Vihāra Project’ International Research Workshop
October 28 - 29, 2021
With virtually the sole exception of a meteoric period of fluorescence during the much-lauded Pāla-Sena period in Eastern India (8th–12th centuries CE), the fate of Buddhist monastic institutions throughout the Indian subcontinent during the post-Gupta epoch has long been viewed – and continues so with remarkably entrenched consistency – through the narrative lens of decline and disappearance. This construct of a largely uniform and unceasing descent, however, has at present become increasingly difficult to reconcile with the known archive of medieval South Asian Buddhist material culture, which Ronald Davidson in his study: Indian Esoteric Buddhism. A Social History of the Tantric Movement aptly noted can be distinguished for its “excessive richness …. increased almost daily by excavations and epigraphic finds – [which] makes this perhaps the most intellectually challenging epoch of Indian history.” 
Pursuant to Professor Davidson’s characterization, this Workshop will be oriented towards both collating and (re)interpreting under-represented aspects of the extant art historical, archaeological, epigraphic and textual corpora from the early medieval period (6th-9th centuries CE), in order to assess the ways in which these materials may inspire a corrective imperative to the prevailing vision of Buddhist monastic history in South Asia. Presentations during the workshop will place emphasis, in particular, on examining the potential utility of generating regional histories of Buddhist monasticisms, as opposed to the outdated, reified mode of an all-encompassing unilinear historical narrative. As such, a focal point of the workshop will be to engage and contextualize early medieval Buddhist material culture from both within and beyond Eastern India, including the Western Deccan, Dakṣiṇa Kosala and Magadha, documented during recent fieldwork in India undertaken by the KAKEN ‘Vihāra Project’ Art and Archaeology Research Team in 2019 and 2020.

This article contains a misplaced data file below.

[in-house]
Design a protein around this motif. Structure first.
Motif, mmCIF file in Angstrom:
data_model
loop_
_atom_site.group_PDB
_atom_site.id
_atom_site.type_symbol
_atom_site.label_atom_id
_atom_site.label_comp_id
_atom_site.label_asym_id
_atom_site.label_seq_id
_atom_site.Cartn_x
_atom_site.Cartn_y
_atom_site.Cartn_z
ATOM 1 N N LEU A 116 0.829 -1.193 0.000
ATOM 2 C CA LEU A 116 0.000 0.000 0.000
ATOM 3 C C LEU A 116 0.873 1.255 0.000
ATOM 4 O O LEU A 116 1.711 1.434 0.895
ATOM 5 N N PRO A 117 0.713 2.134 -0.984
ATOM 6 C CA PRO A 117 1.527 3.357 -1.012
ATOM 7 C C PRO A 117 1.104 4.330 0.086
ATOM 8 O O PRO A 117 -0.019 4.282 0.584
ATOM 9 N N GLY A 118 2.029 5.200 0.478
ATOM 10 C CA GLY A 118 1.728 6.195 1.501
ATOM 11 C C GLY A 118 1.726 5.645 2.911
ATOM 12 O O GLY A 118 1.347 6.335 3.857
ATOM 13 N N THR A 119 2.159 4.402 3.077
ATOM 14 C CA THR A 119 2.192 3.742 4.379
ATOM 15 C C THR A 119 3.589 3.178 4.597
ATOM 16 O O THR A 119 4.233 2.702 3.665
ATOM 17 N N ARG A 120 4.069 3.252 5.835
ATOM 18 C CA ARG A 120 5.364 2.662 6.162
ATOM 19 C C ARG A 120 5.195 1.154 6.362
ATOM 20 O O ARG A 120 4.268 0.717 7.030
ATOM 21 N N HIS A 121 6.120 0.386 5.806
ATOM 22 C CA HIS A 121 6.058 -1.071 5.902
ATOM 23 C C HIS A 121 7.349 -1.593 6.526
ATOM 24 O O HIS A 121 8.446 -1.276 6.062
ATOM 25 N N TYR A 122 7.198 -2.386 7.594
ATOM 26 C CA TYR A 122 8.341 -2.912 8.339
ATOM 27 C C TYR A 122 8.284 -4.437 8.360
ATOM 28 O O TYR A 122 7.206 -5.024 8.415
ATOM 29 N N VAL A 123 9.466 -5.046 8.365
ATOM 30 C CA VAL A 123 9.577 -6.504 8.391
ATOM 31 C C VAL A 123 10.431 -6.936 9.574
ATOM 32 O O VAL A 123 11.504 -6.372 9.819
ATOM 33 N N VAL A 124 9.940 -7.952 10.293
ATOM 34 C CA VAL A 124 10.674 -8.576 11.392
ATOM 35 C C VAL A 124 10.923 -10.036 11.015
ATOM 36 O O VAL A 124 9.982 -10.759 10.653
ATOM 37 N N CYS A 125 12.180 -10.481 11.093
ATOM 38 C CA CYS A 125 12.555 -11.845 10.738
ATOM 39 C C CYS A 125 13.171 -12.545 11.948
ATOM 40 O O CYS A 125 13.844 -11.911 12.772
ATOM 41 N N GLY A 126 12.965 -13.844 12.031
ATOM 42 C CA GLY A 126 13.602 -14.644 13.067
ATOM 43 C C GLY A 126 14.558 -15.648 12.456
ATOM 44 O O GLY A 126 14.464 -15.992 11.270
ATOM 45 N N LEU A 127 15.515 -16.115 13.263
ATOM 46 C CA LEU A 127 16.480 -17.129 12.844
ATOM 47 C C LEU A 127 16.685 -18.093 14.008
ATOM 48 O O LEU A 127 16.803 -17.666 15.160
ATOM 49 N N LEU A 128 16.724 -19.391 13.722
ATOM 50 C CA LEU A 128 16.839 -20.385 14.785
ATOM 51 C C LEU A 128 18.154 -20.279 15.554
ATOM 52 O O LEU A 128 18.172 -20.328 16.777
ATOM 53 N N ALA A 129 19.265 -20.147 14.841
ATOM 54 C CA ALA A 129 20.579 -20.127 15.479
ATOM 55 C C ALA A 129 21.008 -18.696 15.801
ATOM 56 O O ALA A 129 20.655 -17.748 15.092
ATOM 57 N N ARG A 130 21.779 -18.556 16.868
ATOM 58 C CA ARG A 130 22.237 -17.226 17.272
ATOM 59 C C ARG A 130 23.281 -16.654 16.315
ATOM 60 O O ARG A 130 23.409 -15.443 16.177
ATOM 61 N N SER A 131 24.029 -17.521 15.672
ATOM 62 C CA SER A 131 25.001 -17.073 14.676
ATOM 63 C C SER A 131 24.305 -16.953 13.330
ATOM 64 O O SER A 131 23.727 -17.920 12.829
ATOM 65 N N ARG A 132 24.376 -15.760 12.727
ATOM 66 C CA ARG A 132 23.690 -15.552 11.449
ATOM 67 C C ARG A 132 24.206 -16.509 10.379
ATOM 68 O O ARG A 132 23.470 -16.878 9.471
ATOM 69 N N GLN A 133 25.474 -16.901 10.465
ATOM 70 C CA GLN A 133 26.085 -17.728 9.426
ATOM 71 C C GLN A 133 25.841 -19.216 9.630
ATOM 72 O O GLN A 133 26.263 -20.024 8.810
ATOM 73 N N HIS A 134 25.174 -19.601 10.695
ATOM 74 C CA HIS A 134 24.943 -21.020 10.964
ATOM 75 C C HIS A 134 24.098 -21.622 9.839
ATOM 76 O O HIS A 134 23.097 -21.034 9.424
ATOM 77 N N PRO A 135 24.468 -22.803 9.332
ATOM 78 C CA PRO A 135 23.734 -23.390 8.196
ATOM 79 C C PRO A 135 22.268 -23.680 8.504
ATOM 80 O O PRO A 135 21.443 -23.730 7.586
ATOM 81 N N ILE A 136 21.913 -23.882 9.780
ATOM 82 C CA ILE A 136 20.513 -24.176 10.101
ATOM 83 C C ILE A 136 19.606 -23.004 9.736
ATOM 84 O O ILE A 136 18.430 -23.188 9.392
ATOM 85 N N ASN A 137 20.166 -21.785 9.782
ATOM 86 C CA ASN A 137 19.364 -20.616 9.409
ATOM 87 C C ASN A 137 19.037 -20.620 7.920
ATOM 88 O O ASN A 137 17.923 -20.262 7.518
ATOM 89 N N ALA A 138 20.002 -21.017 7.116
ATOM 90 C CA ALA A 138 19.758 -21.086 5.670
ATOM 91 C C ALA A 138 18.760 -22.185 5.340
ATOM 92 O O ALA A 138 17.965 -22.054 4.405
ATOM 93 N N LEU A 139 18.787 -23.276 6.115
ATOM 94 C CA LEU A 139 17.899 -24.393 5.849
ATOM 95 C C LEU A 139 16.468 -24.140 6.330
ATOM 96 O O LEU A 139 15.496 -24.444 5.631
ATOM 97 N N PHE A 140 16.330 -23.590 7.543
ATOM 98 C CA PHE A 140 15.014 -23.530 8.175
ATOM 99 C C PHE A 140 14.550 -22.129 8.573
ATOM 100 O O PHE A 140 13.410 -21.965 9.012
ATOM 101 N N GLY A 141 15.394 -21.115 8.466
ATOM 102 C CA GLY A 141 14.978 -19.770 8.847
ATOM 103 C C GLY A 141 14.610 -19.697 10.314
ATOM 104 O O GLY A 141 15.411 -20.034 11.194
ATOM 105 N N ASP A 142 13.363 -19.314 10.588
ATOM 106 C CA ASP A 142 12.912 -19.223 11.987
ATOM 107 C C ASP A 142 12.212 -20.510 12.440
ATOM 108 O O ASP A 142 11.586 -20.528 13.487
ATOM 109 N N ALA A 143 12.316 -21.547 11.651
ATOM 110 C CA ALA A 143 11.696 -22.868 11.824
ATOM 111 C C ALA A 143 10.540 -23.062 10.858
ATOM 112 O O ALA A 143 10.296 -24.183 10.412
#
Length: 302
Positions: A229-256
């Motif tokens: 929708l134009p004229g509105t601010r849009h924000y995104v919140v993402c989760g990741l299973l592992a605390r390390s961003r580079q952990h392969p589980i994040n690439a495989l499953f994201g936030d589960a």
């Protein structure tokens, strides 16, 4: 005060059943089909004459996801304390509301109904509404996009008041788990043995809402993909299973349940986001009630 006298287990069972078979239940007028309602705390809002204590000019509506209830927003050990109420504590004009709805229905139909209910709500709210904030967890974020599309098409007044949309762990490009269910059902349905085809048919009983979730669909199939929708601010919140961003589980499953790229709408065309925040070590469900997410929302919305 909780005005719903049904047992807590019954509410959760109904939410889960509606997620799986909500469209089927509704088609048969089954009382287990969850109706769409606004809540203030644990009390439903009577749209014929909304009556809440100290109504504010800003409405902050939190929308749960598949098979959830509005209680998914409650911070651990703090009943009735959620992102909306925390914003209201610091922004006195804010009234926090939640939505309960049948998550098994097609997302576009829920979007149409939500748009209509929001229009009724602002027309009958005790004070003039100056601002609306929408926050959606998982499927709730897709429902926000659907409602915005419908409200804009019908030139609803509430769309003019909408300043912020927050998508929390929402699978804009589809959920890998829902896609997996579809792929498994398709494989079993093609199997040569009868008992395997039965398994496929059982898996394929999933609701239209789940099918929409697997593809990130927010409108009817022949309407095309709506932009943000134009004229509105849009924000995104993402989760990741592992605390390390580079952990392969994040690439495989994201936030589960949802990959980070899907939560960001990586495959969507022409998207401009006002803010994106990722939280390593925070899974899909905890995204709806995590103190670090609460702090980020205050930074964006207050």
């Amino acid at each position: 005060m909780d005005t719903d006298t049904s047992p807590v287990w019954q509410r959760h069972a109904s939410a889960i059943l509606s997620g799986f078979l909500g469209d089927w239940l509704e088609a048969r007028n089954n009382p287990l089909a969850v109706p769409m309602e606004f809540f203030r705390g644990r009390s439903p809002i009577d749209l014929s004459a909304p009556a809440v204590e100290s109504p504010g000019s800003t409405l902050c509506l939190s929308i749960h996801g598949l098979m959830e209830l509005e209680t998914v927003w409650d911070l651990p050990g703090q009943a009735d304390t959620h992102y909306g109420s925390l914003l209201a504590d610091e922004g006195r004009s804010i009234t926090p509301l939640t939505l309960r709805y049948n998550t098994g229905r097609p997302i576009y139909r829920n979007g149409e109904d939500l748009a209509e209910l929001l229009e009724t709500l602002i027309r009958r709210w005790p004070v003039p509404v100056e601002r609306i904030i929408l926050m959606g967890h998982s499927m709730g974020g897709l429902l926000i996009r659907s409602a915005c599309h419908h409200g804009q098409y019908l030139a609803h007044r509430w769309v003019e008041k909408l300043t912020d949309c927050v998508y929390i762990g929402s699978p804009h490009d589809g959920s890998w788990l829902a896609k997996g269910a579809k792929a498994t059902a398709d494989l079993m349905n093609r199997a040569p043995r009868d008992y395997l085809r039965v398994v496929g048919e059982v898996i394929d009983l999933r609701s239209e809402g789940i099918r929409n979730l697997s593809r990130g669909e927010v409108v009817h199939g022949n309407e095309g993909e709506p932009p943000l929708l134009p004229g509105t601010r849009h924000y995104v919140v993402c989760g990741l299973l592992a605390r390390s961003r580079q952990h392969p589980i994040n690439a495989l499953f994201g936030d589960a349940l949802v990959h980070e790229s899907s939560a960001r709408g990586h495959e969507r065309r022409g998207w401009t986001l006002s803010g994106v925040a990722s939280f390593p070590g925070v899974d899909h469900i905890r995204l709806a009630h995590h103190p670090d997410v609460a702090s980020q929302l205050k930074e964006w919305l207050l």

Collectively, this evidential material appears to attest to the vibrancy of diverse regional centers of early medieval Buddhist monasticism, suggesting that the post-Gupta epoch was, far from being a period of fracture, instability and decline, one of dramatic transformation and evolution, witnessing, for example, the maturation of ‘the’ Mahāyāna and the early appearance of esotericism, each attended by myriad changes in ritual practice, doctrinal inquiry, iconographic and architectural innovation, as well as, perhaps significantly, conservatism.
View Full Program and Schedule of Presentations here.